Is it best to eat or not eat before morning workout?
Last updated 3/4/2020 at 4:45pm | View PDF
Since the dawn of the fitness industry and fad diets, this question has been raised: which is better for fat loss — eating or not eating before a morning workout?
Some say fuel before a workout boosts blood sugars, giving the body energy to increase the intensity and length of a workout while fighting off fatigue and dizziness. The eat-after proponents say that you burn more fat if you fast before exercise.
According to CNN Health, a recent UK study supports the latter point of view. The study included 30 obese or overweight men who were followed for six weeks. Those who exercised before breakfast burned twice the fat as the men who ate breakfast before they worked out.
In one aspect, working out without fuel allows the body to better use what has been stored rather than what is currently in the bloodstream from the meal prior to exercise. Fasting before exercising forces the body to turn to stored carbohydrates, and after this initial supply has been used, to quickly shift into burning fat cells.
While study participants in the eat-after group didn’t lose more weight than the eat-before group during the six weeks of the study, skipping the meal before exercise did have “profound and positive” effects on the health of the eat-after group, researchers say (CNN Health, October 2019).
Not only is an individual burning more fat as fuel, when carbs are stored away as glycogen to replenish a worked muscle or tissue, the body’s response to insulin is also changing. Fasting before exercise made the men’s muscles more responsive to insulin, which controls high blood sugar levels, helping to ward against diabetes and heart disease.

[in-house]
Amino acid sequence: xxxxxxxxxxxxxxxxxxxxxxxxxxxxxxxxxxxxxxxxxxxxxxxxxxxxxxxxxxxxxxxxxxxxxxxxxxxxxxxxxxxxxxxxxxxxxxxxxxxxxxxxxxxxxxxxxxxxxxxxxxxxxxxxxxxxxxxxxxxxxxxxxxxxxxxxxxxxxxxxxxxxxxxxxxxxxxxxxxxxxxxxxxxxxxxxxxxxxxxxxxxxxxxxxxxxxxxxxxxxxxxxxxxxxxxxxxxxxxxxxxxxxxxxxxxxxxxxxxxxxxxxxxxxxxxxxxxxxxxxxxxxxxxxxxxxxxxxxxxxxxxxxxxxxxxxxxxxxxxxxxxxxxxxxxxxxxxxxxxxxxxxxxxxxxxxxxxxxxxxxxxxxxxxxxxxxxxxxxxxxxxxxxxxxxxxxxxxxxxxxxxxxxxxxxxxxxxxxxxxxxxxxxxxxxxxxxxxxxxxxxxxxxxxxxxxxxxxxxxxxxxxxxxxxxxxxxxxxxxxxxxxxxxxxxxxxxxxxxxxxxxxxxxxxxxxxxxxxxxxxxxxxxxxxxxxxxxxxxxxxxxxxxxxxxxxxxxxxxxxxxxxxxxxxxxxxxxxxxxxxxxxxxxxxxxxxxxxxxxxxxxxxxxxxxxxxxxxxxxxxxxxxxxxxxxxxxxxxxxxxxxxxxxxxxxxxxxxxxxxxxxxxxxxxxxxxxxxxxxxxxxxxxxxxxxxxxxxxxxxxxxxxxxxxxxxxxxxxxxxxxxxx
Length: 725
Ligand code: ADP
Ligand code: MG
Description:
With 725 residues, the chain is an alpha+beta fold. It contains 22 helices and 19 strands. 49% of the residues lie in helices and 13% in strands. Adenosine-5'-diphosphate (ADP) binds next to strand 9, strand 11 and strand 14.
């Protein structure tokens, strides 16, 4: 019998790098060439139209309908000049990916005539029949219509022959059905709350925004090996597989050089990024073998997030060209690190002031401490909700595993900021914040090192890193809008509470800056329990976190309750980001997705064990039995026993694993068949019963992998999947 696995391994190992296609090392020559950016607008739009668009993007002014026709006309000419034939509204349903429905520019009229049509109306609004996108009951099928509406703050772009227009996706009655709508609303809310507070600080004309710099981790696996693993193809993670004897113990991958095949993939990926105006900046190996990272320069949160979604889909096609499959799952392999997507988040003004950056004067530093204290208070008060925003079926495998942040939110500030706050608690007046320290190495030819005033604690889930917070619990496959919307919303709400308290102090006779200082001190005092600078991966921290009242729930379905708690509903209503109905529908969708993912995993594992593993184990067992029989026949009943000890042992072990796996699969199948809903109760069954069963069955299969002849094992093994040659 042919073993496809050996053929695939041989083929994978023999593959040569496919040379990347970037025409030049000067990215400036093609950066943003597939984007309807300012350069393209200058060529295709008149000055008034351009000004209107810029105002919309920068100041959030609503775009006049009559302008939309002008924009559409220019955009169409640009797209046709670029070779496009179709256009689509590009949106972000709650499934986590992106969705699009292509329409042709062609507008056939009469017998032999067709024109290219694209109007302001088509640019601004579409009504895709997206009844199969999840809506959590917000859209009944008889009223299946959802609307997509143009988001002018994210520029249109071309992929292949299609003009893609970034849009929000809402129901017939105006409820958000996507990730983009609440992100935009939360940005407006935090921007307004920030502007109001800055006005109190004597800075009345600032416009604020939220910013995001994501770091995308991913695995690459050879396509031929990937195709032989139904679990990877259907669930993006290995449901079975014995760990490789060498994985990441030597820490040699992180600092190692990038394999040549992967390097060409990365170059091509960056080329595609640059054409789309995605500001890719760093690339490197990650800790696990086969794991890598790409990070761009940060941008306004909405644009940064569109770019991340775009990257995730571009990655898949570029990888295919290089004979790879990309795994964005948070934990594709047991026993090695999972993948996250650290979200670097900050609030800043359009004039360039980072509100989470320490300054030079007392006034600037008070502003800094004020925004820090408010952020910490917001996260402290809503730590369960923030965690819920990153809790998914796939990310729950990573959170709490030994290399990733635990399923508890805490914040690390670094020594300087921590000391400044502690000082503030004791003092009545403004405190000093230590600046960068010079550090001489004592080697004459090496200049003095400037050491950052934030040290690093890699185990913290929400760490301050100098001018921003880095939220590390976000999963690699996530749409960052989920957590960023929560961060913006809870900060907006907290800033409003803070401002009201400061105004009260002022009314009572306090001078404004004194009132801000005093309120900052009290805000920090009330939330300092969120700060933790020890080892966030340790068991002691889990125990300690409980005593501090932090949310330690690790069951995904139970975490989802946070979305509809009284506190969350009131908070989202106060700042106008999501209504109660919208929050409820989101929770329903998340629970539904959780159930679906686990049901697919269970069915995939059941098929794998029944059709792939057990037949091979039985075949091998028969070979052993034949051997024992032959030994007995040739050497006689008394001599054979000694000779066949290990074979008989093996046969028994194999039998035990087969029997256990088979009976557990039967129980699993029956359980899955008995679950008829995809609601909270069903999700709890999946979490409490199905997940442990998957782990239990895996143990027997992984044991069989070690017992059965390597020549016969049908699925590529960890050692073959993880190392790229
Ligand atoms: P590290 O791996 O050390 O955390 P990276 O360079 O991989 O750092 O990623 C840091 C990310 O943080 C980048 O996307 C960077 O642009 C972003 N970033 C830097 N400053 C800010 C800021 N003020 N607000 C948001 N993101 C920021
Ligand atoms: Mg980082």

“The group who exercised before breakfast increased their ability to respond to insulin, which is all the more remarkable given that both exercise groups lost a similar amount of weight and both gained a similar amount of fitness ... the only difference was the timing of the food intake,” stated researcher Javier Gonzalez, an associate professor in the Department for Health at the University of Bath.
If burning more body fat is the main goal, engaging in steady-state or interval cardio training in a fasted state will yield the best results for fat loss.
If you are a power athlete or an individual aiming to lift weights and strength train at a higher intensity, having the primary fuel source — carbohydrates — present will be necessary to perform at optimal levels to achieve the desired outcome in those areas that aren’t directly related to weight loss.
At the end of the day, make fitness goals that work for you.
— Eric Bishop is fitness supervisor at Edward-Elmhurst Health & Fitness in Woodridge.